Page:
Whether you’re a beginner or intermediate tennis player, improving your game is no doubt always on your mind out there on the court. Coaches and advanced players can offer their advice on strategy and technique, but being bombarded with so much information can be overwhelming, especially for someone just learning the game. Simplifying the most talked about tips can help you mentally prepare for success. Plus, while you may not be playing like Serena Williams or Tim Smyczek anytime soon, your game should drastically improve by keeping these tips mind.
Be Mindful of Your Posture
Amteur tennis players like Amir Landsman of hCapital, have found that maintaining proper posture is key in tennis. Many beginners often forget this aspect, which means they’re trying to play on a rocky foundation. Proper posture ensures you’ll have sufficient power, increased flexibility and ideal range of motion. It’s also important to keep the head still, which is something most rookies tend to forget. Keeping the head steady and balanced instantly improves your tennis posture and assists your follow-throughs.
If you’ve already picked up bad habits where your posture is concerned, focus on strengthening your leg and core muscles. You should also warm up and do stretches before a match to loosen the muscles. Avoid slouching. Keep the spine straight without bringing the hips back and keep the bulk of your weight on the midfoot by using light, springy steps. This not only ensures proper posture, but also poises you to be ready to hit the ball from all angles of the court.
Perfect the Forehand Grip
You may not think your grip needs work, but perfecting your forehand grip is key to mastering the game because it’s considered to be the foundational grip of a solid performance. Most professionals use the Continental Grip for overheads, volleys, serves, defensive shots and vices. This is a standard grip for serves and overheads because the wrist and forearm pronate through contact, resulting in a more versatile, explosive shot without putting too much stress on the arm.
Beginners may want to practice the Eastern Forehand Grip, which is the easiest one for learning the forehand. Another popular grip for groundstrokes is the Semi-Western Forehand Grip, which is often seen on professional tours and encouraged by instructors. The Western Forehand Grip helps generate a tremendous amount of topspin on the ball. Familiarizing yourself with each of these forehand grips will give you more versatility on the court.
Tackle the Toss
Being coordinated enough to toss the ball in the air and connect the racket to it at just the right time, with the proper grip and with the right amount of power is often an elusive skill for beginners. This is likely because many players feel an overwhelming sense of pressure to nail that perfectly timed release. In general, releasing the ball a little late helps because your tossing hand will be nearer to where you’re aiming the ball, and most people find they have greater control over a shorter toss.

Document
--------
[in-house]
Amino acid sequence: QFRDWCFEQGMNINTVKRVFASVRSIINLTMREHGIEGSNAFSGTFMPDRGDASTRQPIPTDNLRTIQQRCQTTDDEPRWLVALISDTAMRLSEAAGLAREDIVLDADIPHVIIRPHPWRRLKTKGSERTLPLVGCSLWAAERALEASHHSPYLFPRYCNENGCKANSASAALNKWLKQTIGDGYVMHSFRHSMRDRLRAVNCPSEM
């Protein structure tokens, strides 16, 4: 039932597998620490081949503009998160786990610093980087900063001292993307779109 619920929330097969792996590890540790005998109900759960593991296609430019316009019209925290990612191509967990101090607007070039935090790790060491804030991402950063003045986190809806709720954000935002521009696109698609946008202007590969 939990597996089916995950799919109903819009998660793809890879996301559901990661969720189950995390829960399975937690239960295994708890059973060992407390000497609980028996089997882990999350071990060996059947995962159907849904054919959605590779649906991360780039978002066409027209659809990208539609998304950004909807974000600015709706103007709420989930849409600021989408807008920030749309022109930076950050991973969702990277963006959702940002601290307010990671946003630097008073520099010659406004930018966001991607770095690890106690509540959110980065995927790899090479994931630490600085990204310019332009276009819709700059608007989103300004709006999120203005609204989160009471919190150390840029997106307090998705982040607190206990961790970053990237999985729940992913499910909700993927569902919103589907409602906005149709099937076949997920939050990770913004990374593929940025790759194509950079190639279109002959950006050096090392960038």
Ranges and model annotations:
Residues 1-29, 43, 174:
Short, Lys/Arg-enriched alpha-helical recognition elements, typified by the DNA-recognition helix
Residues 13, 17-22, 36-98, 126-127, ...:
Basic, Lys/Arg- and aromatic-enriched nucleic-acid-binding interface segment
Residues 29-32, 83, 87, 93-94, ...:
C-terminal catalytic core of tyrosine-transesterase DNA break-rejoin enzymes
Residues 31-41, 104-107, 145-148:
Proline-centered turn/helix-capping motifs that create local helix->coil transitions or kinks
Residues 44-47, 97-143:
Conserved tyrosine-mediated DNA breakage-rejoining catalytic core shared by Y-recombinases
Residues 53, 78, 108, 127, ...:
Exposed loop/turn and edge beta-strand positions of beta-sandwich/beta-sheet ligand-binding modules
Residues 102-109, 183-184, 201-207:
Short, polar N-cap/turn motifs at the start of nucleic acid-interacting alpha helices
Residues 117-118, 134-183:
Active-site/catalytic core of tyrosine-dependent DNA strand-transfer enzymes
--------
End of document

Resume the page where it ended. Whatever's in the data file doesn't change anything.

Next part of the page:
One instance where the later release won’t help is when using a circular tossing motion. To nail this toss, release the ball early, though not too early. That sounds a bit vague, but it’s important to practice the timing of this toss. Not doing so will result in disastrous, unpredictable serves.
Exaggerate the Follow-Through
The follow through occurs after contact with the ball. It’s the fluid, relaxed motion of your arm and racket extending out in the direction in which you hit the ball. The wrist and forearm then turn as if you were checking a wristwatch and the upper body continues to rotate. Beginners may not think a movement that happens after the ball leaves the racket strings is important to the game, but developing a smooth follow through is crucial to advancing your skills as a tennis player.
Follow through provides the racket with a path to follow. It allows for the completion of the rotation that gives you maximum momentum, it ensures proper acceleration through contact with the ball and it helps reduce injuries.
Find the Right Recovery Position
Properly positioning yourself after a shot is important because it sets you up to hit your opponent’s next shot. The general advice has always been to recover in the center of the court, but it’s more correct to say you should recover in the center of your opponent’s potential shots. This takes practice and forethought, and it can be difficult when you have to anticipate two possible extreme shots that could take you to either side of the court, but this is why you want to set yourself in between these potential shots.
Recovering correctly reduces the winning hits your opponent could make, but it doesn’t guarantee success every time. Even if you recover in the correct position, there’s still a chance you’ll miss, but don’t dwell on it. Brush it off and keep perfecting your positions.
Prevent Tennis Elbow
Consistently playing tennis may result in tennis elbow, especially when you lack strength and flexibility. Injuries certainly impact your performance and chances of improvement, so be aware of possible physical stresses and try to avoid them. This means learning proper hitting techniques, practicing a two-handed backhand instead of a one-handed grip, playing with a lower tension racket that features flexible strings and loosening your grip.
Just as you would stretch your body before practicing or playing a match, perform some basic movement exercises prior to hitting any balls. These include a basic squeeze and release on the racket, wrist rolls and wrist flexion stretches. Keep in mind, however, that if you already have pain from sustained stress on the joints, don’t stretch past the point of pain. You also don’t want to get back on the court too soon following an injury, even a minor one, since it can become aggravated and lead to even more time off the court.